I have seen software that allowed a programmer to drive a CNC so hard that the tool melted the aluminum rather than cutting chips.
I also saw a CNC machine boring a 9/16' hole through a piece of 1/2" aluminum without a center drill or a pilot drill. An experienced tool maker or machinist would cringe at this description. I was called in because they wondered why the spindle bearings were sloppy.
And I have seen robotic welding applications programmed by 'computer geeks'.
Software cannot, in my experience, replace an experienced technician, but software can make an experienced technician more productive. It seems only a technician can appreciate the value of the skills of another technician.
A lightweight electric urban concept car designed by several European companies weighs only 992 lb without its battery. It would have weighed 26.7 lb more if its windows were made of glass instead of the specially coated LEXAN polycarbonate resin from SABIC Innovative Plastics.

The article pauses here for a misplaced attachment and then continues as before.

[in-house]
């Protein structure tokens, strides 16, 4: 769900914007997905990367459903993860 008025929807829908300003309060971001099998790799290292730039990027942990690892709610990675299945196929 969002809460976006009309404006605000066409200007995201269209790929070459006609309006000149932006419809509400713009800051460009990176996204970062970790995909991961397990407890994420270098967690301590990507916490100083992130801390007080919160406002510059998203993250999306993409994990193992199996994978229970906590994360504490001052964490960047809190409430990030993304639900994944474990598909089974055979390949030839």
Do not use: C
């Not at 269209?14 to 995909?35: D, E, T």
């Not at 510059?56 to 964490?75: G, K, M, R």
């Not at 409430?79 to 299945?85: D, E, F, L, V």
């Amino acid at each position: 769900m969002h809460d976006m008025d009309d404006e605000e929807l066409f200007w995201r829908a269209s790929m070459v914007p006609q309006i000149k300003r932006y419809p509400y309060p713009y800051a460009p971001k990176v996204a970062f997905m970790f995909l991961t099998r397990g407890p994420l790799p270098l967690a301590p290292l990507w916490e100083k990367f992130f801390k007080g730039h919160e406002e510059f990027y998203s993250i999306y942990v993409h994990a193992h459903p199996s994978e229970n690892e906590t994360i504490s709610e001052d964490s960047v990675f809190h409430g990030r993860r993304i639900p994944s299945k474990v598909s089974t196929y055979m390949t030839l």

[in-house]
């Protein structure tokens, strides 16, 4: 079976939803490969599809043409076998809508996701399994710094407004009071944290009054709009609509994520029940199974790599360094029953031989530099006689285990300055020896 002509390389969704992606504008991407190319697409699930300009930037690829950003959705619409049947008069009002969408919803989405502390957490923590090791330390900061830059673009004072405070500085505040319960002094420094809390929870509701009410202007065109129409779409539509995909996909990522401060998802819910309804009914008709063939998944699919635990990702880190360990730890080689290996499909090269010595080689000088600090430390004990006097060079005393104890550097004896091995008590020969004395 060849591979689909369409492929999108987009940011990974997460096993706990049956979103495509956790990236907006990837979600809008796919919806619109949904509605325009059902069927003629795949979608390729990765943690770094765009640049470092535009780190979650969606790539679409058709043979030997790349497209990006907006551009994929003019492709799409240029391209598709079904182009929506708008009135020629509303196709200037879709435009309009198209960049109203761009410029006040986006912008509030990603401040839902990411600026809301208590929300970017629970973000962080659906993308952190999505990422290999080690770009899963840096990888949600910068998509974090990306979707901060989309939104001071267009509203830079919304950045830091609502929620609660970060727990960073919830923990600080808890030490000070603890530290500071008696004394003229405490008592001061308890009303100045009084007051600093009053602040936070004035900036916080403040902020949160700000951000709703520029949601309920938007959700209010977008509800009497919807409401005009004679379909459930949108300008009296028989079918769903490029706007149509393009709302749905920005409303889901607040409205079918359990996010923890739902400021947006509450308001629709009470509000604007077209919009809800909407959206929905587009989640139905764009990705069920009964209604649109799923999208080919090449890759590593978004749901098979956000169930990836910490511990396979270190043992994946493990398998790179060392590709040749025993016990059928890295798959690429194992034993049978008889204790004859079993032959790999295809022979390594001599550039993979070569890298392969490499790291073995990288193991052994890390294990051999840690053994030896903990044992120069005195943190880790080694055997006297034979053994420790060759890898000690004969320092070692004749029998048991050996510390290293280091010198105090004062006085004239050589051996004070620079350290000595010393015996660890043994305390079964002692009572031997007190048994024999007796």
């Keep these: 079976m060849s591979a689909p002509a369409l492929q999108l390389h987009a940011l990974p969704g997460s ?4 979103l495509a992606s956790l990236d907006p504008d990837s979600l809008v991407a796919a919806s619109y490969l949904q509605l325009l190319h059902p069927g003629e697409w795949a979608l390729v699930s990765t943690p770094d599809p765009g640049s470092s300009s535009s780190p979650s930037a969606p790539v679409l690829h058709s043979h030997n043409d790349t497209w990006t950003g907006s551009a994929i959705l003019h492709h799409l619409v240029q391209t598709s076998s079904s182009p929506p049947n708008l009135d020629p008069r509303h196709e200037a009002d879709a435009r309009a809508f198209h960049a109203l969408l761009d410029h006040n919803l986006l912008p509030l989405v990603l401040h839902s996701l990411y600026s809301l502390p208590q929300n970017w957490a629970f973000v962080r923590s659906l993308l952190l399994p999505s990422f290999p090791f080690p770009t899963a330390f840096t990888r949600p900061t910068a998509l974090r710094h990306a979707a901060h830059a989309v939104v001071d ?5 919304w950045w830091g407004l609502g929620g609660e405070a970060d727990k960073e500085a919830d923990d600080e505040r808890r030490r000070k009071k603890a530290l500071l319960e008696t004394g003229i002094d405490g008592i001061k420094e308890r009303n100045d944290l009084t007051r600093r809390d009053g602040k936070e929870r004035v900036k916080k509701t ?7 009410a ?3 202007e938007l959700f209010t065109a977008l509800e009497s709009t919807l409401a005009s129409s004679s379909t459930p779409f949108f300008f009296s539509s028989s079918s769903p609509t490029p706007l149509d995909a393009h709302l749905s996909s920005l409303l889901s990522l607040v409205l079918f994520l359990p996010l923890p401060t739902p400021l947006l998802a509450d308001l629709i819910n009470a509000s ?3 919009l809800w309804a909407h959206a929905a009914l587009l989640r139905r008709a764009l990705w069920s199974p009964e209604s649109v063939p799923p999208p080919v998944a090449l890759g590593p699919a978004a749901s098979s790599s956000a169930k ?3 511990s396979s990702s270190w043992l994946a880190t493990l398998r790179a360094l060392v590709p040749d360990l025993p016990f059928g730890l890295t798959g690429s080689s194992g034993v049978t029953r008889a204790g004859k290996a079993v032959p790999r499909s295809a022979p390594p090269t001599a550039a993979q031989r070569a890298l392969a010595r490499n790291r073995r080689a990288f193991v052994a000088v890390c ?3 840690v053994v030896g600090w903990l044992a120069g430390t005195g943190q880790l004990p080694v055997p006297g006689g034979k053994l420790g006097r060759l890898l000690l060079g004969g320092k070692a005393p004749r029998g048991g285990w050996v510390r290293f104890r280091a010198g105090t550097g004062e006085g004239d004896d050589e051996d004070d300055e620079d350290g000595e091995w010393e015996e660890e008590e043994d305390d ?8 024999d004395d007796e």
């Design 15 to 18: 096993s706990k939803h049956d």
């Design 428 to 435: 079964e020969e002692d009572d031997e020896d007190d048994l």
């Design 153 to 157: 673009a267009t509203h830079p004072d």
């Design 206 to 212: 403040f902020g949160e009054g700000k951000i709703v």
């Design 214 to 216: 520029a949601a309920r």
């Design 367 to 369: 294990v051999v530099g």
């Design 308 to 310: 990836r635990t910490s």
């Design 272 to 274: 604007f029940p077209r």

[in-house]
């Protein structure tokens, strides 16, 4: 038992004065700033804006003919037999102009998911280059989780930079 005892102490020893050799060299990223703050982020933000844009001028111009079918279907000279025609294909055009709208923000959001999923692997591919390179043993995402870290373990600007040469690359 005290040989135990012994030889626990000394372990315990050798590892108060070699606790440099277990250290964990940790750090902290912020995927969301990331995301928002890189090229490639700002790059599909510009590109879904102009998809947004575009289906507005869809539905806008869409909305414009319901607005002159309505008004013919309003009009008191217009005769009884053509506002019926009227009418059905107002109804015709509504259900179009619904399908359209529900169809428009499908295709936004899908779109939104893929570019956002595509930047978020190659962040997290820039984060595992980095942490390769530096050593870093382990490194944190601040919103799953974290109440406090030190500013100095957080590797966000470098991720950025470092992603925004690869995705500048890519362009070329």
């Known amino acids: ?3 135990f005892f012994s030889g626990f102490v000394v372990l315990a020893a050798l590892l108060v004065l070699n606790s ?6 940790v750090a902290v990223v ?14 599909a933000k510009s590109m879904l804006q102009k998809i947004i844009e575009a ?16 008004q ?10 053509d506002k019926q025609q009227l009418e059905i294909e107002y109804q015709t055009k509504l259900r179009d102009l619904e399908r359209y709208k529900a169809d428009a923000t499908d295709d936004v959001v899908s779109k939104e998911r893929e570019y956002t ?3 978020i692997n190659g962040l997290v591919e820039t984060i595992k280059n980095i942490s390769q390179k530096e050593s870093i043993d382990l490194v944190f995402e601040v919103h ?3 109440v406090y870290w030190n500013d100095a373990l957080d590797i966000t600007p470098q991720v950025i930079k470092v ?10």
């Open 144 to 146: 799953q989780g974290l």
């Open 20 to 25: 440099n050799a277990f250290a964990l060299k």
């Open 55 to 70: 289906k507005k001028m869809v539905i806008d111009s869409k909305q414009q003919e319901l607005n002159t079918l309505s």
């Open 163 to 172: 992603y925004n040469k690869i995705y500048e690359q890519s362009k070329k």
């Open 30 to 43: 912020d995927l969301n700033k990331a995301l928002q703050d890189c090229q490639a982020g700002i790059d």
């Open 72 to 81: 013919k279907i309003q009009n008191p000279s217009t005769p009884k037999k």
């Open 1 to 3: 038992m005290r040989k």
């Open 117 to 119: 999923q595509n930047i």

Skylar Tibbits' team in MIT's Self-Assembly Lab is now 4D printing self-assembling shapes made of programmable carbon composites and custom wood grain. The composites are being used in a sport car airfoil, and the wood grain is beautiful.
The NanoSteel Company has produced high-hardness ferrous metal matrix composite (MMC) parts using a new nanosteel powder in a one-step 3D-printing process. Parts are 99.9% dense, crack-free, and with wear resistance comparable to M2 tool steels.
The company that brought you 3D-printed eyeglasses has launched both an improved clear polymer material for 3D printing optical components and a high-speed, precision, 3D-printing process for making small- and medium-sized batches in a few days.
Focus on Fundamentals consists of 45-minute on-line classes that cover a host of technologies. You learn without leaving the comfort of your desk. All classes are taught by subject-matter experts and all are archived. So if you can't attend live, attend at your convenience.